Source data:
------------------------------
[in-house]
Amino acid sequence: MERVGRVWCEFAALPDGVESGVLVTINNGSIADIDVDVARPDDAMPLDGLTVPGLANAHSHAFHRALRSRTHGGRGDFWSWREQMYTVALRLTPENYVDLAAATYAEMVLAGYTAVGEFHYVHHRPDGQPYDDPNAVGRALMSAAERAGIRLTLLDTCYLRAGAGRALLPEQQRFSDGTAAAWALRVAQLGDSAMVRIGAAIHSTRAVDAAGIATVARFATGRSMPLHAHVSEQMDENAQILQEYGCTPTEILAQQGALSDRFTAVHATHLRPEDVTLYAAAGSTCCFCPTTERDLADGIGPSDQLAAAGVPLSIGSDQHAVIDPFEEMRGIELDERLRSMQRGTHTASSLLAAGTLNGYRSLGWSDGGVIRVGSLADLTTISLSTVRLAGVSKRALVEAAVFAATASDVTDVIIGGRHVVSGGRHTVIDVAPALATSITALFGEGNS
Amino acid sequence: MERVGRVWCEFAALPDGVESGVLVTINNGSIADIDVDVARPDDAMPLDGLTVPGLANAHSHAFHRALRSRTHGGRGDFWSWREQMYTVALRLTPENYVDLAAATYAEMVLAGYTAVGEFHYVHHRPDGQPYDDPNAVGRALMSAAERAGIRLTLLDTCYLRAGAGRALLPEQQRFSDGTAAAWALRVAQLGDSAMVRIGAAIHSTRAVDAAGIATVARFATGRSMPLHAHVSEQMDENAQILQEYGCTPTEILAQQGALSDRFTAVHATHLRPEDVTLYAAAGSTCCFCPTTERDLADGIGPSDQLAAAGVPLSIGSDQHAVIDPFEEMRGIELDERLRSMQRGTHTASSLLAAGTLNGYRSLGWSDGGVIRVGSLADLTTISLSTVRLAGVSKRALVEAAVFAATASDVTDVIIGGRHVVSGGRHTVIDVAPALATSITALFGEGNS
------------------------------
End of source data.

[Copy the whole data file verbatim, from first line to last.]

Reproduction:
[in-house]
Amino acid sequence: MERVGRVWCEFAALPDGVESGVLVTINNGSIADIDVDVARPDDAMPLDGLTVPGLANAHSHAFHRALRSRTHGGRGDFWSWREQMYTVALRLTPENYVDLAAATYAEMVLAGYTAVGEFHYVHHRPDGQPYDDPNAVGRALMSAAERAGIRLTLLDTCYLRAGAGRALLPEQQRFSDGTAAAWALRVAQLGDSAMVRIGAAIHSTRAVDAAGIATVARFATGRSMPLHAHVSEQMDENAQILQEYGCTPTEILAQQGALSDRFTAVHATHLRPEDVTLYAAAGSTCCFCPTTERDLADGIGPSDQLAAAGVPLSIGSDQHAVIDPFEEMRGIELDERLRSMQRGTHTASSLLAAGTLNGYRSLGWSDGGVIRVGSLADLTTISLSTVRLAGVSKRALVEAAVFAATASDVTDVIIGGRHVVSGGRHTVIDVAPALATSITALFGEGNS
Amino acid sequence: MERVGRVWCEFAALPDGVESGVLVTINNGSIADIDVDVARPDDAMPLDGLTVPGLANAHSHAFHRALRSRTHGGRGDFWSWREQMYTVALRLTPENYVDLAAATYAEMVLAGYTAVGEFHYVHHRPDGQPYDDPNAVGRALMSAAERAGIRLTLLDTCYLRAGAGRALLPEQQRFSDGTAAAWALRVAQLGDSAMVRIGAAIHSTRAVDAAGIATVARFATGRSMPLHAHVSEQMDENAQILQEYGCTPTEILAQQGALSDRFTAVHATHLRPEDVTLYAAAGSTCCFCPTTERDLADGIGPSDQLAAAGVPLSIGSDQHAVIDPFEEMRGIELDERLRSMQRGTHTASSLLAAGTLNGYRSLGWSDGGVIRVGSLADLTTISLSTVRLAGVSKRALVEAAVFAATASDVTDVIIGGRHVVSGGRHTVIDVAPALATSITALFGEGNS